Tuesday, September 29, 2009

September 29, 2009
Thomas Charles flew in from Peru last night. Deena, Kathy and I met him at the airport. His first request: Mexican Food, so we whisked him up the road to 24th Street and McDowell Road to the old Adrian's location, which is now called La Barquita. The Mole Man (T.'s nickname) had the mole and he said he wasn't disappointed (Ed Mell recommended it). I had the seven seas soup which I split with Kathy. Sometimes it's tough being the Healthy Guy.

The reason T. Charles is so starved for Mexican food is because it really doesn't exist south of Guatamala (and only in G. because they are next door to Mexico). In South America it's all beef and Italian pasta stuff. And not spicy. That is totally the invention of Mexico. It's not in Spain (they think ketchup is too spicy!) and in none of the countries we visited this month. I just assumed it was Mexican variations all the way down to Antartica. Ha.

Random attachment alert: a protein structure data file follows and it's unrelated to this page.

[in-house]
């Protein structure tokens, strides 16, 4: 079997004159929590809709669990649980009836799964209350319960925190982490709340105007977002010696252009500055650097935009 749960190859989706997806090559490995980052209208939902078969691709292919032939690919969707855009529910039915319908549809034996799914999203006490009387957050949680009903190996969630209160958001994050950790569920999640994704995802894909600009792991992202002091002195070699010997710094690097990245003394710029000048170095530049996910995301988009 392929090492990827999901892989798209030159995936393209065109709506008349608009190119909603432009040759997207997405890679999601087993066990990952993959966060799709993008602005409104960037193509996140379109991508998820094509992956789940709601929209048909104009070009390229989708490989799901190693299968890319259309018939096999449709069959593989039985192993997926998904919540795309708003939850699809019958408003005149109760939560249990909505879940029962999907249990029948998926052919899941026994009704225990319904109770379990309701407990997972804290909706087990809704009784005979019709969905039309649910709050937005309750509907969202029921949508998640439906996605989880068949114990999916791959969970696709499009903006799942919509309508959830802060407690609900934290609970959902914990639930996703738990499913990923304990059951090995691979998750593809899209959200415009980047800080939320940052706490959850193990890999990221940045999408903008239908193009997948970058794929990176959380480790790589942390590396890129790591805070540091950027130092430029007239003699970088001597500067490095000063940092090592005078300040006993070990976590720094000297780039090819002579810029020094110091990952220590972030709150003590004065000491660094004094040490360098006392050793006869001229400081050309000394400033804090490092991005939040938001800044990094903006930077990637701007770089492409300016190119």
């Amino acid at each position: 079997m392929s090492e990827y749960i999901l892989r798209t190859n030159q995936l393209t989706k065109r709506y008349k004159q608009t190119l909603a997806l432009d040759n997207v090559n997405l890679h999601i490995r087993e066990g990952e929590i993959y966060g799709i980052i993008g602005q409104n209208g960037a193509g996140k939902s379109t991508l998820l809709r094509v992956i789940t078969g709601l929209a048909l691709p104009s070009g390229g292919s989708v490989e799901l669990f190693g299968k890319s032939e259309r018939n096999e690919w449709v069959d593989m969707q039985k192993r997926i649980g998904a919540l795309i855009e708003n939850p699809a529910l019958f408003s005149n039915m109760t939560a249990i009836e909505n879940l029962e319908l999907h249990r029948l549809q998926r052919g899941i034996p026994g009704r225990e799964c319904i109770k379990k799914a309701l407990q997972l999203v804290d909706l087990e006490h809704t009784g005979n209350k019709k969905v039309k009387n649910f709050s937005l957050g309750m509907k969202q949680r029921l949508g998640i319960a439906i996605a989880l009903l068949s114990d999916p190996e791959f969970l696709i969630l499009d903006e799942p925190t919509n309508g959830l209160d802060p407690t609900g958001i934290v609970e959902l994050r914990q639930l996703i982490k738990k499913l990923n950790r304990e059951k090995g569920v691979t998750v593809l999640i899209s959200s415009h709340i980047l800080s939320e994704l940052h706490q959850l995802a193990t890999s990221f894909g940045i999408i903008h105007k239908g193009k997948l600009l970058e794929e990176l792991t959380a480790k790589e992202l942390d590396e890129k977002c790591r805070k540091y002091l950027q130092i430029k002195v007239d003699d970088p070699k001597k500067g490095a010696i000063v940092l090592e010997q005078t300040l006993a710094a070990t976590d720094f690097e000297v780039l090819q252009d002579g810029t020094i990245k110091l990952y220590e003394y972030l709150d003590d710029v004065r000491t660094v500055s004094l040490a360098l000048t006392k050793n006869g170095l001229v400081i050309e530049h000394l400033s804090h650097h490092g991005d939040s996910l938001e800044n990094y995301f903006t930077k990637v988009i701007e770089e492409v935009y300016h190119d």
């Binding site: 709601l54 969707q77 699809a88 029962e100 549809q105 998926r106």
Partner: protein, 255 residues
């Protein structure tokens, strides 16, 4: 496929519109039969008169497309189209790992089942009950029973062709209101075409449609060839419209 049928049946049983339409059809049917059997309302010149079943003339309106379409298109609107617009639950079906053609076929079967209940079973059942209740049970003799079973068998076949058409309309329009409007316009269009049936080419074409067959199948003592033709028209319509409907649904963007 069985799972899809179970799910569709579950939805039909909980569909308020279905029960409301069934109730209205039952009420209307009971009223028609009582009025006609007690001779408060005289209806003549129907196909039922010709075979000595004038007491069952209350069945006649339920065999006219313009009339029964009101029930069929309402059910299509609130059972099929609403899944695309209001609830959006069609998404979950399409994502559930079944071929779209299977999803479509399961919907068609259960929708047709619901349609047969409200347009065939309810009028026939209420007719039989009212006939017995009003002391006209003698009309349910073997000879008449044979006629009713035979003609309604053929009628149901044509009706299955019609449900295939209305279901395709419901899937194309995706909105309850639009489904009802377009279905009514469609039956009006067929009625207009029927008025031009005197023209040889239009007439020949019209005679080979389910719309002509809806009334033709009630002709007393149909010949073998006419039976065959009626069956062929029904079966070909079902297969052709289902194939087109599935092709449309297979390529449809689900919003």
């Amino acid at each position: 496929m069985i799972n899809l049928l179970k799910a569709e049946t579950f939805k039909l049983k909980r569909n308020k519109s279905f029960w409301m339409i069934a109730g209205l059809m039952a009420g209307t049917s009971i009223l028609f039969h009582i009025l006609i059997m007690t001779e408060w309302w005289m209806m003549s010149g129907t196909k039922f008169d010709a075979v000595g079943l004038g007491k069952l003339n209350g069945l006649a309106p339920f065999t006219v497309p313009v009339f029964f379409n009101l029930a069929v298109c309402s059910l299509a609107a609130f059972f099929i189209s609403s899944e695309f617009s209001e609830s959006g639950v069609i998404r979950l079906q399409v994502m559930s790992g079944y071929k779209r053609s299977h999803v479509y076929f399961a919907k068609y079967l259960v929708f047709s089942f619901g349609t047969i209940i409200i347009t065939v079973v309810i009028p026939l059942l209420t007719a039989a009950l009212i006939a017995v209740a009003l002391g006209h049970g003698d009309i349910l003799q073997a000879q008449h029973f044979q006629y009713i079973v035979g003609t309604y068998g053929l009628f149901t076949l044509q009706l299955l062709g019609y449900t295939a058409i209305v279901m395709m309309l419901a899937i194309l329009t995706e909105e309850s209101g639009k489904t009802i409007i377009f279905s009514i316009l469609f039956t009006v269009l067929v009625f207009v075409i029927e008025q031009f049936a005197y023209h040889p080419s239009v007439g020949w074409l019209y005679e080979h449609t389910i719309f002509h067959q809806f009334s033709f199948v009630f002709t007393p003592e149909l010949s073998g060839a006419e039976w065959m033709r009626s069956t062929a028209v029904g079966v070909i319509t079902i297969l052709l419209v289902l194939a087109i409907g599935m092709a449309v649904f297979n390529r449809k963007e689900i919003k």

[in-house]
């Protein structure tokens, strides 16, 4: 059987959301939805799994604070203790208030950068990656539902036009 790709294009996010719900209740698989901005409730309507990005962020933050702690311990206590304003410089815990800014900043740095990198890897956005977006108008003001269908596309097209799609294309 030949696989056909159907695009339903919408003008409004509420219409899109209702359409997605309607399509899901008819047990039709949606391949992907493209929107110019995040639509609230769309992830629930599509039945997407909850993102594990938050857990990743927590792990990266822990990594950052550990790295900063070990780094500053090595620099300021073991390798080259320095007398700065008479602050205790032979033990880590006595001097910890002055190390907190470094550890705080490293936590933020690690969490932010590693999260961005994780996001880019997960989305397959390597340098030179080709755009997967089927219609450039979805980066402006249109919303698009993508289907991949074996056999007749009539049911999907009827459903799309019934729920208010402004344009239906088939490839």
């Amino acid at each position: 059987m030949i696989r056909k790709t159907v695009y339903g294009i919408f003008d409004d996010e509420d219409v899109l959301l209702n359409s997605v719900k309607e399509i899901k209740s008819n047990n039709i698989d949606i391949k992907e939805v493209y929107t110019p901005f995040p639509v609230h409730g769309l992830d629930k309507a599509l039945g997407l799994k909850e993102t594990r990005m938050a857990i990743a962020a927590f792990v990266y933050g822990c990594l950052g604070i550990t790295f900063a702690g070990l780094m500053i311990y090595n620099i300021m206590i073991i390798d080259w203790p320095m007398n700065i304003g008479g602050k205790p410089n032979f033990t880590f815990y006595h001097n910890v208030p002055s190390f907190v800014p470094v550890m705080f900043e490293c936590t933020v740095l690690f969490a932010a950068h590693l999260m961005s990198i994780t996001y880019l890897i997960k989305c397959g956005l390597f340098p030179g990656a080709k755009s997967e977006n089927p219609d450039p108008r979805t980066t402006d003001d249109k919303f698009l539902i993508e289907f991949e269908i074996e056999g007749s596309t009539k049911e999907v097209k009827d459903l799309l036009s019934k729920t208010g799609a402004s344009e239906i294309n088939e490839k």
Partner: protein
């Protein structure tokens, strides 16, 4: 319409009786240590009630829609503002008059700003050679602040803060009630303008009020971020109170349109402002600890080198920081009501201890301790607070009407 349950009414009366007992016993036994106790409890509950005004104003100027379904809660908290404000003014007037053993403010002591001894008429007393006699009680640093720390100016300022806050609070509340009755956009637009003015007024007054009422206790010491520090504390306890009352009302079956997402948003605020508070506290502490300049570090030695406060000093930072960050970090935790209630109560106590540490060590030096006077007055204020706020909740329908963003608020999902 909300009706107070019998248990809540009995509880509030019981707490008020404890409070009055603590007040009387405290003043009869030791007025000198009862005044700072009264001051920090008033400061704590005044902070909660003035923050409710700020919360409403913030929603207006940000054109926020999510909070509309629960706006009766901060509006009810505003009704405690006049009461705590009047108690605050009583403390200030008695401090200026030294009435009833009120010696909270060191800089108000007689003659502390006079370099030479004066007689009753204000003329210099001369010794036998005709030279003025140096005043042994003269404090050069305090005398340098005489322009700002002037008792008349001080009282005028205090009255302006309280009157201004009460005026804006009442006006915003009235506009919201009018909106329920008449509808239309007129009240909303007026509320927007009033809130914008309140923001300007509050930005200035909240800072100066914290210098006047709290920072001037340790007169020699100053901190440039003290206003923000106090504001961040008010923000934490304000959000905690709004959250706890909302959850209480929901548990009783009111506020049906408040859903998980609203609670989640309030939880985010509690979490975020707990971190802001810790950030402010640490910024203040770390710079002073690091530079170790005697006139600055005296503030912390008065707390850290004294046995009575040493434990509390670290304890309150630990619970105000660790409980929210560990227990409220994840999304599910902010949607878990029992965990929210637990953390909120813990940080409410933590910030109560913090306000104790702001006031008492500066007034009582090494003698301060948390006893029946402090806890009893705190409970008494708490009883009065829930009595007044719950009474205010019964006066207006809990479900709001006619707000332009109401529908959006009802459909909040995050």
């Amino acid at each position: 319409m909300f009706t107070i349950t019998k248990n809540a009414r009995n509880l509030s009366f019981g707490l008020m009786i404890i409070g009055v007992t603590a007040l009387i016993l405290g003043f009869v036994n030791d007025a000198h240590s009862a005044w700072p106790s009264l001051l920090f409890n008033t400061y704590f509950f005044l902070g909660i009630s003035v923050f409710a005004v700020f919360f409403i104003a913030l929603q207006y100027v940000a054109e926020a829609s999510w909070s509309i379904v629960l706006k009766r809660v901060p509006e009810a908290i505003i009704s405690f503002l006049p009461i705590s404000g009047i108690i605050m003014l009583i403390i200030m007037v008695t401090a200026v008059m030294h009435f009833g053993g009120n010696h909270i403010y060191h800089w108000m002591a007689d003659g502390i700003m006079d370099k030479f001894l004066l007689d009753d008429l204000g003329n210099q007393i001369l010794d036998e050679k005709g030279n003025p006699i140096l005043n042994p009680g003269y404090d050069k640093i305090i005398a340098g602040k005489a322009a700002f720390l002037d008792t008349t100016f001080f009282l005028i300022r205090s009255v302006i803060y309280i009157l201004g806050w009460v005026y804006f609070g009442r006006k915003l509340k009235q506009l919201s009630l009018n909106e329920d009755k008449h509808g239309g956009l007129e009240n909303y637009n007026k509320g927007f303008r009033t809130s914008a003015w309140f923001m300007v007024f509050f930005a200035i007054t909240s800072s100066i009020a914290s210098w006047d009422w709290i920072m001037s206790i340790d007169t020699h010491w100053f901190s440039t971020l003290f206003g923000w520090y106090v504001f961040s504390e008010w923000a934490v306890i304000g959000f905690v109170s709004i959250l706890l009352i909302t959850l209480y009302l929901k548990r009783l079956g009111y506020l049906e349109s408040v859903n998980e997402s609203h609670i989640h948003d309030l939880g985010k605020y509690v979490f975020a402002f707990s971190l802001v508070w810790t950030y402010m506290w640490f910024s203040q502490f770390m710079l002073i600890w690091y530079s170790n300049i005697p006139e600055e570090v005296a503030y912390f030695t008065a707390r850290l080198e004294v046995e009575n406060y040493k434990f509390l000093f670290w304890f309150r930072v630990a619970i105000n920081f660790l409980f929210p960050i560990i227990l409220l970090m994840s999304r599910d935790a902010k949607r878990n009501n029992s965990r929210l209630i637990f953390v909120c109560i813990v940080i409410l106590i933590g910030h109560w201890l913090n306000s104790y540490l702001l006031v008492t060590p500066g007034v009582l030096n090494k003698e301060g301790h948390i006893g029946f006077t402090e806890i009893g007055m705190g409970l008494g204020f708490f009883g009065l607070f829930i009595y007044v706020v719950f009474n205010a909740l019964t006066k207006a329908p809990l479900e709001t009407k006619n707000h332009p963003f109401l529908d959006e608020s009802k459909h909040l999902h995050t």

Yesterday, a book author contacted me about a forthcoming Route 66 book he's doing. He requested a good photo of my dad's gas station in Kingman. Although I have some pretty decent images, the photo on a small, mileage card is the best. And so Robert Ray, our production manager, put the tweak on it and came up with this:

Pretty sweet: my father, Allen Bell had numerous gas stations on Old Route 66, starting with a Whiting Brothers station at Peach Springs in 1946. He and my mother manned the pumps 24/7 in the summer time. He then ran another Whiting Brothers at McConnico, which was below Kingman, on the way to Goldroad and Topock. After a move back to his home state of Iowa, where he ran a Phillips 66 in Swea City, we returned to Arizona in 1955, and that's when he started the classic Al Bell's Flying A which he ran from 1956 to about 1960 or 61. He then opened a Phillips 66 across from El Trovatore, about a mile west of the Flying A location and ran that through most of the sixties. And he finished his gas station career with a Shell station in downtown Kingman in the early 70s. In the mid-seventies he went to work for Ford Proving Grounds at Yucca (also adjacent to Route 66) as a test car driver and parts manager, and, that is where he retired in the mid 1980s. Al passed on October 5, 1998 and is buried in the Kingman Hilltop cemetery. On his tombstone it says: "He Loved Cars."

"When a writer is born into a family, the family is finished."
—Czeslaw Milosz

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